When this works, modify it so that when the user clicks, a new, random Sierpinski triangle is drawn. (The demo does this too.) You'll need the usual private inner class to implement the MouseListener interface, and in the mouseClicked method you will need to choose three random points and a random color and repaint. If you followed the guidelines above, nothing will change in your paintComponent or sierpinski methods. (But be sure that paintComponent calls super.paintComponent as its first statement or it won't erase the previous triangle.)

Koch Snowflakes

The Koch snowflake is a fractal generated by starting with 3 line sements forming an equilateral triangle (a Koch fractal of order 1). The algorithm for generating higher order Koch fractals involves splitting each line segment into three equal segments then replacing the middle segment by two line segments that protrude outward. The same algorithm is then recursively applied to each of the 4 new line segments. In the basic Koch snowflake the two protruding line segments meet at a 60 degree angle. These line segments form an equilateral triangle with the middle segment that is removed. (See the discussion in Chapter 11 for more details.) Files KochSnowflake.java and KochPanel.java contain the program from the text that generates Koch snowflakes (Listings 11.6 and 11.7). Note that this is written as an applet. Copy these files to your directory, compile them, and run the program in the appletviewer to see how it works (you may use the file Koch.html to run the program). In this exercise you will generalize the pattern to allow for triangles other than equilateral ones to be built on the middle third segment. In the drawFractal method this involves changing the calculation of x3 and y3, the coordinates of the protrusion point. The following calculations are equivalent to those currently in the program:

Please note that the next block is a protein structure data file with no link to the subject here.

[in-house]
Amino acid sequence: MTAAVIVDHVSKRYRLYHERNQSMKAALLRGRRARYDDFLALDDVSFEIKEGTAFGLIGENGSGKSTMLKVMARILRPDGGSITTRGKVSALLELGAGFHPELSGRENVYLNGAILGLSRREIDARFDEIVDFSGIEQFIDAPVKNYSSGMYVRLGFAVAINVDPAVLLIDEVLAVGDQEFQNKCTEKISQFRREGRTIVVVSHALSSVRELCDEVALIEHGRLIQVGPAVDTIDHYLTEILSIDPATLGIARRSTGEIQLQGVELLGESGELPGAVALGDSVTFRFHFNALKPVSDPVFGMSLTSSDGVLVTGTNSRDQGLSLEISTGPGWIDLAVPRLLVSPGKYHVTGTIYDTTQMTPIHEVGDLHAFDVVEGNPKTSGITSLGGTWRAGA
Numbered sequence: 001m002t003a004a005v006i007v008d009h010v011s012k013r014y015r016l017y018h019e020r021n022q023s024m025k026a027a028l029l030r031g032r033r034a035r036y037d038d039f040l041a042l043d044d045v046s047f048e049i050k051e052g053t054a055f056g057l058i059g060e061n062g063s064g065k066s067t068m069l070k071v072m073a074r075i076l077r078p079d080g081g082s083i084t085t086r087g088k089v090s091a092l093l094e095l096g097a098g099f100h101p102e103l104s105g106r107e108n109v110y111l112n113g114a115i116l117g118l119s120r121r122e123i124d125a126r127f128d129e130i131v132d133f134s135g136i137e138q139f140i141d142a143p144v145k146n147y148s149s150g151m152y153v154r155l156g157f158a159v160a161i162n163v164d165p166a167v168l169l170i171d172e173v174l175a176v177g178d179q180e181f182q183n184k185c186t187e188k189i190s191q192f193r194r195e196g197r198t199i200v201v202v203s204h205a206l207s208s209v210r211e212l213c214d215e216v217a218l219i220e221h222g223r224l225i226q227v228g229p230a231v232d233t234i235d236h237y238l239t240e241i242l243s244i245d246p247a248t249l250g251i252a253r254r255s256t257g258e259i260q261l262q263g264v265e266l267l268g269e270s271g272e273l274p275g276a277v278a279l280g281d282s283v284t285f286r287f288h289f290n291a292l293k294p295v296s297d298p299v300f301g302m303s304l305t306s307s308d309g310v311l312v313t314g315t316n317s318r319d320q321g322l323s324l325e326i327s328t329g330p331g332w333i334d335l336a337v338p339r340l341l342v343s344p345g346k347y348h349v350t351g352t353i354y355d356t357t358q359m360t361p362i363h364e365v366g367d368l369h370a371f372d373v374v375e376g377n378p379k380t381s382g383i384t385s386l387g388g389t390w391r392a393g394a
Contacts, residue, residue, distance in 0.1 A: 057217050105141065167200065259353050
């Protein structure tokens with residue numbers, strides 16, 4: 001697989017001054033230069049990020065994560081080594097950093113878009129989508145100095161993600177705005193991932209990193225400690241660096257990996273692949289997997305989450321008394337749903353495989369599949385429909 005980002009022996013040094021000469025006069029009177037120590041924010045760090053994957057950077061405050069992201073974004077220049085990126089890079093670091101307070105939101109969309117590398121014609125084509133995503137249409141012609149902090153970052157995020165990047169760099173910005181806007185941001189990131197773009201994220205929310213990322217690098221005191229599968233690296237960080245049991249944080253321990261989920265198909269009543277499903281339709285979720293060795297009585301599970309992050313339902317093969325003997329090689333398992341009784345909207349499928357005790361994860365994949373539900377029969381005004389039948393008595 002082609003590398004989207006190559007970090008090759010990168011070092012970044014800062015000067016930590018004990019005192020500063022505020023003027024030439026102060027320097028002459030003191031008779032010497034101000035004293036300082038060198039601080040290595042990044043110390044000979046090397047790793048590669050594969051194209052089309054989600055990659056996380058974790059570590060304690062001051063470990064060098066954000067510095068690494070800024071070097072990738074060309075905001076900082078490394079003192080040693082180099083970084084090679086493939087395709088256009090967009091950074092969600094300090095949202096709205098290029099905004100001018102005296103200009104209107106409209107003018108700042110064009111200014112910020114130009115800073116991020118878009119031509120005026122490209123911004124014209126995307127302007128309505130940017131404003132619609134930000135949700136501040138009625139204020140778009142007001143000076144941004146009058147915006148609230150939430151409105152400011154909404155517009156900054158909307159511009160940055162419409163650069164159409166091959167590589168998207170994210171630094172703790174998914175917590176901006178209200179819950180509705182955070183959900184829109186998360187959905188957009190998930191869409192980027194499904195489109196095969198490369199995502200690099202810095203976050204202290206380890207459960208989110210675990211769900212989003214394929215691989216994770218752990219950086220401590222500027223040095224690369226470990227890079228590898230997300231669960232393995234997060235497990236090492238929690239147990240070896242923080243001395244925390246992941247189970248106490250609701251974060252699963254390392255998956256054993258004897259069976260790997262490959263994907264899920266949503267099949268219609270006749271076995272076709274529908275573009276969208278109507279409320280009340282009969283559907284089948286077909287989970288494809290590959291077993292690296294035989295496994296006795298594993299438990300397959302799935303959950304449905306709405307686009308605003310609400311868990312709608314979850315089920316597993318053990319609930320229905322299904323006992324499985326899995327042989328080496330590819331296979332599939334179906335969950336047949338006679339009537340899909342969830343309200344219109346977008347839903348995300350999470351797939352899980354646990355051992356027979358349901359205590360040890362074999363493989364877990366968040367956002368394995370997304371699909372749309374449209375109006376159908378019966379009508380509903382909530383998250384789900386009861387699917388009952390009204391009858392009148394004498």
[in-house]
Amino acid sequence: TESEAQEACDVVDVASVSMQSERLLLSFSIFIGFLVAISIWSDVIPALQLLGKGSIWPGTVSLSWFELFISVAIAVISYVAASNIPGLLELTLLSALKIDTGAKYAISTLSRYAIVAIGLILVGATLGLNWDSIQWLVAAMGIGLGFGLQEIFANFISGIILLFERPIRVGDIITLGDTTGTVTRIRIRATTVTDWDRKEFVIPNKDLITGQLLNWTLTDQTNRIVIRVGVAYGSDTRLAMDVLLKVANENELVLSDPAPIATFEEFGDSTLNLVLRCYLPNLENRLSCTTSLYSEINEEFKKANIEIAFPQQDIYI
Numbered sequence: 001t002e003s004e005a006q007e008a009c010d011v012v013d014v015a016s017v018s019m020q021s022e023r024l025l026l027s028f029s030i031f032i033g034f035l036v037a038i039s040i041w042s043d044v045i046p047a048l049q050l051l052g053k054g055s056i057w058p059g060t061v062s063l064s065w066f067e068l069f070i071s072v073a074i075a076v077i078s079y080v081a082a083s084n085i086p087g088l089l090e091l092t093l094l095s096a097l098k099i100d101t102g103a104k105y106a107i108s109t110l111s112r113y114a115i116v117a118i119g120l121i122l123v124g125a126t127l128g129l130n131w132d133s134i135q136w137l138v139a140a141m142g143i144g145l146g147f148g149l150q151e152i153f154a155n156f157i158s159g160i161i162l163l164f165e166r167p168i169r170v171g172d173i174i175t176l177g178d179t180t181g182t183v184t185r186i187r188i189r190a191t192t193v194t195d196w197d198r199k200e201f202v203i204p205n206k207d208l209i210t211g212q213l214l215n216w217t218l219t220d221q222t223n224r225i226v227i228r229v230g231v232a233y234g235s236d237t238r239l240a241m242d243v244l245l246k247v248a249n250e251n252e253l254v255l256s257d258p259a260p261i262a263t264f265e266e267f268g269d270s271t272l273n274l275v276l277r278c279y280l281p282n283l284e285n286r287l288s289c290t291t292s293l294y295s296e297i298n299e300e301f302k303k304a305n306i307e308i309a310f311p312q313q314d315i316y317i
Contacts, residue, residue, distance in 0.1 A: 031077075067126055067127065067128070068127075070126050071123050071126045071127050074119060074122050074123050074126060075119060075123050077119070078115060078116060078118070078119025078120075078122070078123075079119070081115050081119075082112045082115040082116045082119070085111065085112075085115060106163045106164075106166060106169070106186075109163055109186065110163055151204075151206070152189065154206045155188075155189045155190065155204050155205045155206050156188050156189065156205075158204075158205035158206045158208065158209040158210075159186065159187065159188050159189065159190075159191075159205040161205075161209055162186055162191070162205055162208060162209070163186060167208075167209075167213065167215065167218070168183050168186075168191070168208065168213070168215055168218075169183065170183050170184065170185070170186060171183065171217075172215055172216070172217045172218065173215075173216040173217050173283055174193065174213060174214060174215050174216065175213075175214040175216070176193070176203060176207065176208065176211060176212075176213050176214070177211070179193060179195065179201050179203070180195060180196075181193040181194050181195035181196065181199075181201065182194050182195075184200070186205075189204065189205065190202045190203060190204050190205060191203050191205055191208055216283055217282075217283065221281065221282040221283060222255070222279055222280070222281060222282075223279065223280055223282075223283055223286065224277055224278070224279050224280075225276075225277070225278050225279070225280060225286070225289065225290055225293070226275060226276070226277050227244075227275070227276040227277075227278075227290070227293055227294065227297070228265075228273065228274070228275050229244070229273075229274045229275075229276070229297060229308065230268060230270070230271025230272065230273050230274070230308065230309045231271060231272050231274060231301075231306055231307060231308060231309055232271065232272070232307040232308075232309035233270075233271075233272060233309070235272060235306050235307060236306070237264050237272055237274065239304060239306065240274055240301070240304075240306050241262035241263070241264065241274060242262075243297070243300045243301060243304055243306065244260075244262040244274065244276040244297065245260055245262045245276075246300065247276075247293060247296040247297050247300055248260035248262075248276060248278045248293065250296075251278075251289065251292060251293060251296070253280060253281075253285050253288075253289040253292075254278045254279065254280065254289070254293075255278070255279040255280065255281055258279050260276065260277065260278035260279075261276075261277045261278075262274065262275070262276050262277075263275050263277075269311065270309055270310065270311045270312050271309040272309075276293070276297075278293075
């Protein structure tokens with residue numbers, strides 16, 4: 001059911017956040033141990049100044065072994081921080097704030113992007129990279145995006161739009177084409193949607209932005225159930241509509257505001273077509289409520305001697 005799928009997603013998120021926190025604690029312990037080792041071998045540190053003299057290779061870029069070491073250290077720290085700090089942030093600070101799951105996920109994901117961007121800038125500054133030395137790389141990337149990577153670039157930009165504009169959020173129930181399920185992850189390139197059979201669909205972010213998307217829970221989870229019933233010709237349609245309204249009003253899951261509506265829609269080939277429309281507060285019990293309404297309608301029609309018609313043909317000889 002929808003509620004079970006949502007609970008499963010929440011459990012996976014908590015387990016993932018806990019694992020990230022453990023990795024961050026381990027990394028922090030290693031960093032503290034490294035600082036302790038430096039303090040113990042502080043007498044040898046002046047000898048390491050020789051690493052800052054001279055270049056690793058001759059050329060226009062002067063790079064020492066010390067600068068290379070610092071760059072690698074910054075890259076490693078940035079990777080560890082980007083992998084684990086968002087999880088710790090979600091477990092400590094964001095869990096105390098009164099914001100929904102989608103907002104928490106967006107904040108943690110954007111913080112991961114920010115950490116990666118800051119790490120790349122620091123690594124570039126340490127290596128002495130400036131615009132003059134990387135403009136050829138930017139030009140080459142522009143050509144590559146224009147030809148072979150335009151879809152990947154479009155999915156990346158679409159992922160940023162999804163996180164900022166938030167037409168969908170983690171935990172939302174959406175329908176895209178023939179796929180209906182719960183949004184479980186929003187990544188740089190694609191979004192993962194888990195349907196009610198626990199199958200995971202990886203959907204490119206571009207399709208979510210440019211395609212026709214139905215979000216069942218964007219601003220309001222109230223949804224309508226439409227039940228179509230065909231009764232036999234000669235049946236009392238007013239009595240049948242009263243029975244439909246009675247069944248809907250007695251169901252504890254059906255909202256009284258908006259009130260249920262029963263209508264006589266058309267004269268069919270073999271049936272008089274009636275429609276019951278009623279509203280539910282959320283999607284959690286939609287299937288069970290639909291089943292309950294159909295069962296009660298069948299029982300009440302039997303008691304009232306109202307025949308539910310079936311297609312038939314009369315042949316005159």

x3 = (int) (x2 + (cosine * deltaX - sine * deltaY)/3);
y3 = (int) (y2 + (cosine * deltaY + sine * deltaX)/3);

where cosine is the cosine of 60 degrees (which is 1/2) and sine is the sine of 60 degrees (which is the square root of 3 over 2). These equations are generalizable to angles other than 60. In this exercise you will generalize the program to work for angles other than 60. The angle will be controlled by increase and decrease buttons in the same way that the order is currently controlled. Do the following: